Wednesday, November 10, 2010

Black Sheep


There's one in every family. Possibly two or three. They're the kids who grow up with their eyes not looking at what's in front of them, but wondering what's around the corner. That mysterious wonder is not out of fear, but out of excitement. What's the point in exploring what's right in front of you? That's easy. It's already here.... but what about the potential of what's out there?
I feel that my entire family is a black sheep within society. Never really fitting in to the conformity of society. Always acting up in public with the general public cocking their heads to one side and wondering how we were able to tie our shoes in the morning. Well guess what world??? My dad wears velcro shoes, so HA! The black sheep are always given a little bit more leeway when it comes to projects in the family because they're a bit "special". Not mentally, but the entire soul.
I realized I was the black sheep when I decided I wanted to move to NY when I was, oh let's say 15. Why? I have no clue. I just knew I wanted to be at the place where it seemed exciting to just wake up. To get out of bed every day and go do a Broadway show and hang out with David Letterman and Larry "Bud" Melman. Although, there was a flip side that I didn't put together yet. By moving to NY, becoming an artist, and living my life from one week to the next, I was giving up the thing that I would become extremely jealous of in my friends: security. It's no secret. Everywhere in the country, most kids graduate high school, go to the college that's pretty close to home, and get married before they're 30 to someone in the area and now they have a home, kids, and 2 sets of grandparents to babysit pretty regularly. The last statement that I just made seems about as foreign to me as Obama's health care package. It might never seem it, but I wish I had fallen in that pattern. Working in Columbus, hanging out with my childhood friends, seeing my parents regularly, and starting a Buckeye family. Sadly, none of those things will ever be true for me.
I would argue that I did not choose the life I lead, but it chose me. Who in their right mind would decide to become an artist with all of the other jobs there are in the world? This week consists of me going to rehearsal 3 times and learning the Shakespeare text to Twelfth Night and performing an all male reading of the show with the women parts in dresses. I've really decided to change the world here! But I don't know what else to do with this life I was given. I was put here to change people. To help people. To teach people. To experience so much every day that my brain wants to explode and deliver that knowledge to others. If this reading helps someone in their own life, then I have done my job. That is why I'm a child of the world. It is very seldom that someone in today's society can say, "I have absolutely no idea where I'll be in 2 years." I think that every day. I honestly have absolutely no freakin clue where I will physically be in 2 years. I could be in Wyoming, California, Ohio, Florida, NYC, or Africa. This is where the shitty part comes in: I'm not too worried about it. Baa Baa Black Sheep.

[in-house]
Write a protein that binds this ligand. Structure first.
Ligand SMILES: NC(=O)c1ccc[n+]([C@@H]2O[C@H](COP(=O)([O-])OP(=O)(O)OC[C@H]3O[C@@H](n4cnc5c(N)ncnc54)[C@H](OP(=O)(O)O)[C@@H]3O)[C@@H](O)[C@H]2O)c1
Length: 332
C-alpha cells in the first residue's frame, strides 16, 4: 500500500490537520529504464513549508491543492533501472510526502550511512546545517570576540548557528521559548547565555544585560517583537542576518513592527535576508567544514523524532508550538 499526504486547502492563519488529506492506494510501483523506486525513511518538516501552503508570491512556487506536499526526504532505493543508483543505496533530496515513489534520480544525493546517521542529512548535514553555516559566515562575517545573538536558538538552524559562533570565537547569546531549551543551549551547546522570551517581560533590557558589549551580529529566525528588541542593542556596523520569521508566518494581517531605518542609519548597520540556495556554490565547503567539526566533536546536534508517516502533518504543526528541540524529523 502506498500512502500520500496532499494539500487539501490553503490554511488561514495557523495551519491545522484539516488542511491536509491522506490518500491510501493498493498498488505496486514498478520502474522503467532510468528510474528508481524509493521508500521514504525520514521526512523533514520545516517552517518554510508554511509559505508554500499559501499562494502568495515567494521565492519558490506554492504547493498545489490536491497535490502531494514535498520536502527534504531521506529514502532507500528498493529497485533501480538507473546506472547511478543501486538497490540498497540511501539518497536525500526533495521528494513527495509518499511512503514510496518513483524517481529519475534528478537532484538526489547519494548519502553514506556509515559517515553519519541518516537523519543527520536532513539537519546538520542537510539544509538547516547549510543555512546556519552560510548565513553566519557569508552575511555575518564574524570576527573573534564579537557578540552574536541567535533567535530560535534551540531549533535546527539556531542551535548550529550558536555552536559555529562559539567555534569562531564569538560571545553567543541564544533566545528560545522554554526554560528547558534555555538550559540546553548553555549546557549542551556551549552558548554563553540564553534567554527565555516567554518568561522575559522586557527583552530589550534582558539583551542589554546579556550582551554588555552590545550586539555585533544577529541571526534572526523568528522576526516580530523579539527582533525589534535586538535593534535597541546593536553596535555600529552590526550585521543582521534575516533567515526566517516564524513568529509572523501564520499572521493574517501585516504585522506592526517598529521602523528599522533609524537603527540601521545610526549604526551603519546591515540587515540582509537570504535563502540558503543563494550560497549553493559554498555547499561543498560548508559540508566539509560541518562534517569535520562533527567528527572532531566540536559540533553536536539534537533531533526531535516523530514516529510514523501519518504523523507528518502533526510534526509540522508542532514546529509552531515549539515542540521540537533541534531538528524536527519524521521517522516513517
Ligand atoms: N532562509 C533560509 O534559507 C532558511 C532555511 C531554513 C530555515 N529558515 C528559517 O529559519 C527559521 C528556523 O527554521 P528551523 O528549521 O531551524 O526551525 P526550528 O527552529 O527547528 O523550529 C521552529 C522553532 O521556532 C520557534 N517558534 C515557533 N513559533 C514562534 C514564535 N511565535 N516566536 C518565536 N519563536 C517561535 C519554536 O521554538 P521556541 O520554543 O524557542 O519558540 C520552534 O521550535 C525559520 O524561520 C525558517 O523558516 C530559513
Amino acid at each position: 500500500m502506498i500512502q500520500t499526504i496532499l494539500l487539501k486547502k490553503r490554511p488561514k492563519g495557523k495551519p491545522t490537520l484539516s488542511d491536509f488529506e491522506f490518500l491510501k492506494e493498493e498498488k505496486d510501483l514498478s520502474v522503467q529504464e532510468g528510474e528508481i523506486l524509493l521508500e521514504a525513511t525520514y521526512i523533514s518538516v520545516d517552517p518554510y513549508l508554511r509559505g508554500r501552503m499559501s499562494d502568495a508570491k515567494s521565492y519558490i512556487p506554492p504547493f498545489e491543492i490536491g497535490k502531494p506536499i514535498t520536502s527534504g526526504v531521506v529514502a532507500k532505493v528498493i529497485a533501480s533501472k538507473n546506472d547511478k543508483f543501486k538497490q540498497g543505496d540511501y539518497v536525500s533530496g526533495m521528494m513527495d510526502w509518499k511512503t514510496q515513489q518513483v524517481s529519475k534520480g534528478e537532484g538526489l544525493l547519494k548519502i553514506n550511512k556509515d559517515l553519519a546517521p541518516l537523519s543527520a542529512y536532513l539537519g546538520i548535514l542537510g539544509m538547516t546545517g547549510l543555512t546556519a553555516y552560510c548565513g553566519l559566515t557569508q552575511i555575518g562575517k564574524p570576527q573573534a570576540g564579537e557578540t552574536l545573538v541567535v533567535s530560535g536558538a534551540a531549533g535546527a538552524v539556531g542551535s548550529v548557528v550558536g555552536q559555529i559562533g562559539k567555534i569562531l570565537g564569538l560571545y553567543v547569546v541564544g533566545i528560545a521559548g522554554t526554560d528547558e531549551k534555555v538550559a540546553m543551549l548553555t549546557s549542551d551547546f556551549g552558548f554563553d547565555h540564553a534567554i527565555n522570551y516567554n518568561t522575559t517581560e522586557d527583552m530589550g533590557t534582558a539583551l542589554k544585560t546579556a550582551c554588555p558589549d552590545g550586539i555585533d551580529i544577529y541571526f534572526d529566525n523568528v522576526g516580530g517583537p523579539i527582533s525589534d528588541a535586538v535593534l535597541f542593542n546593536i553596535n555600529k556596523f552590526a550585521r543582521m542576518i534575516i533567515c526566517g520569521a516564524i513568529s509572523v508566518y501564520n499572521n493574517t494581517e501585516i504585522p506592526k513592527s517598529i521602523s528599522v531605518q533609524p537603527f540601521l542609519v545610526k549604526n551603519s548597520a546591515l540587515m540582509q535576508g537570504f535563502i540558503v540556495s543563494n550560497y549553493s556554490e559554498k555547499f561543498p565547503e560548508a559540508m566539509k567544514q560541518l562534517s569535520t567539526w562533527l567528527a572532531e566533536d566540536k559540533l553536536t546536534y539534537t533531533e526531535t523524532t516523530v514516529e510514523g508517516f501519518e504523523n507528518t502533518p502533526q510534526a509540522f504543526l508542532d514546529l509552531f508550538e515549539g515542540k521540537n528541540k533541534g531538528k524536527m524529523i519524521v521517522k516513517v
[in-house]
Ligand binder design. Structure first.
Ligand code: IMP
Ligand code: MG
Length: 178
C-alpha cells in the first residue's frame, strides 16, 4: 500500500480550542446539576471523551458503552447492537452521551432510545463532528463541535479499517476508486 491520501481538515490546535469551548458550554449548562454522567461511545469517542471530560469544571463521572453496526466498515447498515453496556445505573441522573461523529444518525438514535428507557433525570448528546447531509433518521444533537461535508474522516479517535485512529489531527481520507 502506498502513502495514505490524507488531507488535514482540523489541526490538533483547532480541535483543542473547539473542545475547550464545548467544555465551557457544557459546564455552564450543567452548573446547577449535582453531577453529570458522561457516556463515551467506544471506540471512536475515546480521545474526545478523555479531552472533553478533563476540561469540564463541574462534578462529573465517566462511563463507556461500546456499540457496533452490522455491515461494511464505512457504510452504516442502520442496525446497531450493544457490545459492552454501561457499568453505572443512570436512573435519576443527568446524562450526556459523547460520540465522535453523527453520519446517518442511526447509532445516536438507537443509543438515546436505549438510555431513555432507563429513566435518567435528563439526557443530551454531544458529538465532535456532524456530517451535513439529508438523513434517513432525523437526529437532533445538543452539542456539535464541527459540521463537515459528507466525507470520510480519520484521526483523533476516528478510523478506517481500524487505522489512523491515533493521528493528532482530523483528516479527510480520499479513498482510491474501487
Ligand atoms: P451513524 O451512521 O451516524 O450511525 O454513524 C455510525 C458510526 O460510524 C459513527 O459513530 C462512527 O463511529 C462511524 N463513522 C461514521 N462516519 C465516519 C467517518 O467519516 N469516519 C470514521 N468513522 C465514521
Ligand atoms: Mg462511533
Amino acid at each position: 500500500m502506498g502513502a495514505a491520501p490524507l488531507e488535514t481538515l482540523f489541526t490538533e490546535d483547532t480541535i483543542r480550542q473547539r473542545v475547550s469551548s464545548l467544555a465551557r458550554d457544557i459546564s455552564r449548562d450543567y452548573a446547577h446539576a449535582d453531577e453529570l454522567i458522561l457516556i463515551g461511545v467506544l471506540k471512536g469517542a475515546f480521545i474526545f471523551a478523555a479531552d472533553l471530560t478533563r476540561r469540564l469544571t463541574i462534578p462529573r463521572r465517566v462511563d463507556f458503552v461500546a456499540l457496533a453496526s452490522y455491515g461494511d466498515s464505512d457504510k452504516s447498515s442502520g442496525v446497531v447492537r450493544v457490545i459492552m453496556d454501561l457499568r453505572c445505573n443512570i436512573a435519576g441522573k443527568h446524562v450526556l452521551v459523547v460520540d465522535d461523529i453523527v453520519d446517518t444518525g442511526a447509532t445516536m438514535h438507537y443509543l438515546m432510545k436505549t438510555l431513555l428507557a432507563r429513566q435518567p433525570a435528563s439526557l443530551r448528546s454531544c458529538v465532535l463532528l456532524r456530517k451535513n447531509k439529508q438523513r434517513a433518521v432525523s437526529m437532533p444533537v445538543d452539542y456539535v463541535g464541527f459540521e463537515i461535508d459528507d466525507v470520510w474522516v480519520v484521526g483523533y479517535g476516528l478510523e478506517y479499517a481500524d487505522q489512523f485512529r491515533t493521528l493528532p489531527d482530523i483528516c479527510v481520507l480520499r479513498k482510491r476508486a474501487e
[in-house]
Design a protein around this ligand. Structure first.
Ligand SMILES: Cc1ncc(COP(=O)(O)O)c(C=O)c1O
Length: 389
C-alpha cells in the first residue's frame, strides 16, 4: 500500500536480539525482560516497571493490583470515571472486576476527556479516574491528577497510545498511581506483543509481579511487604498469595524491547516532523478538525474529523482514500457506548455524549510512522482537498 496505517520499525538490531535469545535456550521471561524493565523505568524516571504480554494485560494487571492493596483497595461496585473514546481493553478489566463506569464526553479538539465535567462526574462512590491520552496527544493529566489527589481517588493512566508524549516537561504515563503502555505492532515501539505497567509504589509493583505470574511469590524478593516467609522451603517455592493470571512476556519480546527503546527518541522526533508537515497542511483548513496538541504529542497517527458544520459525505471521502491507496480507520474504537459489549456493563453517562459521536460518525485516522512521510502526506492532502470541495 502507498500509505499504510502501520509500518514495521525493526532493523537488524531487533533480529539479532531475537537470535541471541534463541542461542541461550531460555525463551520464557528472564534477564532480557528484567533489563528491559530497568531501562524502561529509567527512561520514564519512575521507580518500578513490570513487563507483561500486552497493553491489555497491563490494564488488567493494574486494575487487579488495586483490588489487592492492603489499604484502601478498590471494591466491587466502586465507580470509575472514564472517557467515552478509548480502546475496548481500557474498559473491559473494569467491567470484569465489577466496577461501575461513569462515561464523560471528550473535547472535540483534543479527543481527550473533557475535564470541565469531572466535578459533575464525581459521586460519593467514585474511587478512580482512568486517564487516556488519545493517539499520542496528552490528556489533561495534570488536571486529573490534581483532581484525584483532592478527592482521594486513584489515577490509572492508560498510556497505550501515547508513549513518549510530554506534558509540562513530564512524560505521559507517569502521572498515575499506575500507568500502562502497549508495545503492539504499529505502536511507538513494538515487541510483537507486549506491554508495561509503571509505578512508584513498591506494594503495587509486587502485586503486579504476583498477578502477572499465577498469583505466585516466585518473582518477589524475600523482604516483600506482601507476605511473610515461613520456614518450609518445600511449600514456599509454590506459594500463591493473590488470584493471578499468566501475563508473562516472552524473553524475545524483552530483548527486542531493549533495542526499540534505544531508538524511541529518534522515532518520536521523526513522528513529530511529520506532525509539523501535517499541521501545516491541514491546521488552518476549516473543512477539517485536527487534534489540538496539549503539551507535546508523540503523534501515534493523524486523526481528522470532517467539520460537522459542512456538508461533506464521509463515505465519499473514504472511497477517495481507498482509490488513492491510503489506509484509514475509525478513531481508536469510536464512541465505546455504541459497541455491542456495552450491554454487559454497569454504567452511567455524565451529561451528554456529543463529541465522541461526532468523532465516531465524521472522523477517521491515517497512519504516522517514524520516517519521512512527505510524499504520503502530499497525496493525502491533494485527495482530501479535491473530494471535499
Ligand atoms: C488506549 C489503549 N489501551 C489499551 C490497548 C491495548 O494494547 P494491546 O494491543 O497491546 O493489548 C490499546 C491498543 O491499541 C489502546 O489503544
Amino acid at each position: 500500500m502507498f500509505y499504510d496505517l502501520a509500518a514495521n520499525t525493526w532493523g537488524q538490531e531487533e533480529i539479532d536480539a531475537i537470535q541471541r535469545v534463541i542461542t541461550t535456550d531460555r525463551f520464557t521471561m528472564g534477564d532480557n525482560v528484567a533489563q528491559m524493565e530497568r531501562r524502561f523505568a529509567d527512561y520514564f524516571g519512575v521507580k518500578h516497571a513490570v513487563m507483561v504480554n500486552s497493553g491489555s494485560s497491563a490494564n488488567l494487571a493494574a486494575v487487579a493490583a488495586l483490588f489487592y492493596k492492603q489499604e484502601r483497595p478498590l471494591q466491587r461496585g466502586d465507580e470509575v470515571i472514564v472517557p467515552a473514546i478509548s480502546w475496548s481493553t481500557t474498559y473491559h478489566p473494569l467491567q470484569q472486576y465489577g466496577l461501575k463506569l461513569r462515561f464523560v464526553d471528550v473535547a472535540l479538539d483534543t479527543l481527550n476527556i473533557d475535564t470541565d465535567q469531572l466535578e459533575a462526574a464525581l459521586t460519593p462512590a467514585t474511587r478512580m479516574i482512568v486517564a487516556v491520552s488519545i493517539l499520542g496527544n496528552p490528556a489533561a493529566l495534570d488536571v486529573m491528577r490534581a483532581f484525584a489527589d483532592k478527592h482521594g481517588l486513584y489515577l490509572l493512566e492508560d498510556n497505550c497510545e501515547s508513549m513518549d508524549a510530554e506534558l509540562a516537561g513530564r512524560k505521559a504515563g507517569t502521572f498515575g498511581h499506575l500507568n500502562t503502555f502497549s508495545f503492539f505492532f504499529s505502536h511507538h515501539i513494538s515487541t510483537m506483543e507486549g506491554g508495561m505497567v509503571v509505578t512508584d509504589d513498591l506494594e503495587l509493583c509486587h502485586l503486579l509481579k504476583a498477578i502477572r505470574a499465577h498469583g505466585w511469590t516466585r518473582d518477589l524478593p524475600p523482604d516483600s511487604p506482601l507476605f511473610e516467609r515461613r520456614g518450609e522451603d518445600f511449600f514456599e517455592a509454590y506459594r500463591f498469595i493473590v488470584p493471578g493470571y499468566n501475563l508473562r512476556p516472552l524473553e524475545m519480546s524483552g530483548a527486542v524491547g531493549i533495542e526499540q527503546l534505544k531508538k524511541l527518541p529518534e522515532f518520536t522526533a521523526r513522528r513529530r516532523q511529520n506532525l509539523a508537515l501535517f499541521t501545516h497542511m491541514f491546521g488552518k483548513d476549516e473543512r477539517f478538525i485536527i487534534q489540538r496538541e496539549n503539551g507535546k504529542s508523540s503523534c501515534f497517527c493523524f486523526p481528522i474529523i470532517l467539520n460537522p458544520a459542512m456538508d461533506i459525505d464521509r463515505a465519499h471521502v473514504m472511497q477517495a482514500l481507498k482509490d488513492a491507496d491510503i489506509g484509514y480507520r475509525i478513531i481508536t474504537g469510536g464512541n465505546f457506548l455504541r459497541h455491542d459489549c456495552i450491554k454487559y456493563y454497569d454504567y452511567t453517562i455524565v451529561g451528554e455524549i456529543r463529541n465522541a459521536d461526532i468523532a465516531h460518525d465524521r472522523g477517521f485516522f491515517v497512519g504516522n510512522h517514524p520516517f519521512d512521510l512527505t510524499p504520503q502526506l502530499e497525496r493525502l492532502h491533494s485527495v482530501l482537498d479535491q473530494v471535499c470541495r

Black sheep live day to day. Our first marriage usually comes after others' 2nd divorces. We have more jobs in a decade than most people have in a lifetime. We are able to pack up an apartment in a weekend and know the best ways to get from place to place. We are loved by our families and we love our families more than anything, but we feel we aren't able to express it in the same way as our siblings who are geographically closer.
Lots of good points to it though. We live in the moment. We never know what the next day will bring. We meet hundreds of people a year and some remain friends and some fade. We love facebook because we can keep in contact with the people we feel we left behind or left us behind. We see the world. Sometimes we have that feeling of a child when the box the gift came in at Christmas is good enough to keep our interests heightened.
On the other hand, black sheep feel left out. We're always the last ones called in a family emergency. We always hear the "we didn't want to tell you because you would just worry and there's nothing you can do there." We miss weddings. We miss birthdays. We miss funerals. We miss watching our nieces and nephews get bigger and listen as their vocabulary stuns adults. We miss having a big home. We're not always understood. We usually offend people. We never think anything is ever "enough".
There's a balance. What we love about other people, they hate, and vice versa. In a perfect world, I wish I could transport home when I wanted to but keep leading the exploration life I love so much.
Hi. My name is Jason. And I am a black sheep.

1 comment:

  1. I feel ya. Although there is job security, military life brings many of the same drawbacks. Missing my uncles' funerals. Missing my friends' weddings and childbirths. Not knowing where I'll be in 2 yrs. But it also has many of the same advantages. Exploring the world. Meeting many new people. Not knowing where I'll be in 2 yrs. It's a great life. Although there are things I wish I could change, I wouldn't want it any other way.

    I enjoy reading your blogs Jason :-)

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